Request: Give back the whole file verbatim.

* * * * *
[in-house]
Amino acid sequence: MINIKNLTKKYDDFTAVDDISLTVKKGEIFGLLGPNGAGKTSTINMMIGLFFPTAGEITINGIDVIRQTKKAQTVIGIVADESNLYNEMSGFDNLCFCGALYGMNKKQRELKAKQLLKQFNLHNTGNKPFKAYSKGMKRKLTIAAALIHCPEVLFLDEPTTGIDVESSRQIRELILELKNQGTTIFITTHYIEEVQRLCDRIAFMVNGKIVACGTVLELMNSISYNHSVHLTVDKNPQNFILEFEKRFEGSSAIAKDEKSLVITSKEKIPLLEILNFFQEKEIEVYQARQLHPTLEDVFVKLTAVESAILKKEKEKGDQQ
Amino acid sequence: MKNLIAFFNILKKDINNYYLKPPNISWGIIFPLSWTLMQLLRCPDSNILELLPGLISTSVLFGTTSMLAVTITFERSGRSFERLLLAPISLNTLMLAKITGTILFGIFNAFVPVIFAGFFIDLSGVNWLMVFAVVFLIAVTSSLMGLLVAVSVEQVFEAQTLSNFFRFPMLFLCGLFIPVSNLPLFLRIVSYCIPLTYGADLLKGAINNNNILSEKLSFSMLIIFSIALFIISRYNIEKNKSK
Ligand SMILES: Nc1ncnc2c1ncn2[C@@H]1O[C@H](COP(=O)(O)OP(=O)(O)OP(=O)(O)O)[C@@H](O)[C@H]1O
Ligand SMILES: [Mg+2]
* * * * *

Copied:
[in-house]
Amino acid sequence: MINIKNLTKKYDDFTAVDDISLTVKKGEIFGLLGPNGAGKTSTINMMIGLFFPTAGEITINGIDVIRQTKKAQTVIGIVADESNLYNEMSGFDNLCFCGALYGMNKKQRELKAKQLLKQFNLHNTGNKPFKAYSKGMKRKLTIAAALIHCPEVLFLDEPTTGIDVESSRQIRELILELKNQGTTIFITTHYIEEVQRLCDRIAFMVNGKIVACGTVLELMNSISYNHSVHLTVDKNPQNFILEFEKRFEGSSAIAKDEKSLVITSKEKIPLLEILNFFQEKEIEVYQARQLHPTLEDVFVKLTAVESAILKKEKEKGDQQ
Amino acid sequence: MKNLIAFFNILKKDINNYYLKPPNISWGIIFPLSWTLMQLLRCPDSNILELLPGLISTSVLFGTTSMLAVTITFERSGRSFERLLLAPISLNTLMLAKITGTILFGIFNAFVPVIFAGFFIDLSGVNWLMVFAVVFLIAVTSSLMGLLVAVSVEQVFEAQTLSNFFRFPMLFLCGLFIPVSNLPLFLRIVSYCIPLTYGADLLKGAINNNNILSEKLSFSMLIIFSIALFIISRYNIEKNKSK
Ligand SMILES: Nc1ncnc2c1ncn2[C@@H]1O[C@H](COP(=O)(O)OP(=O)(O)OP(=O)(O)O)[C@@H](O)[C@H]1O
Ligand SMILES: [Mg+2]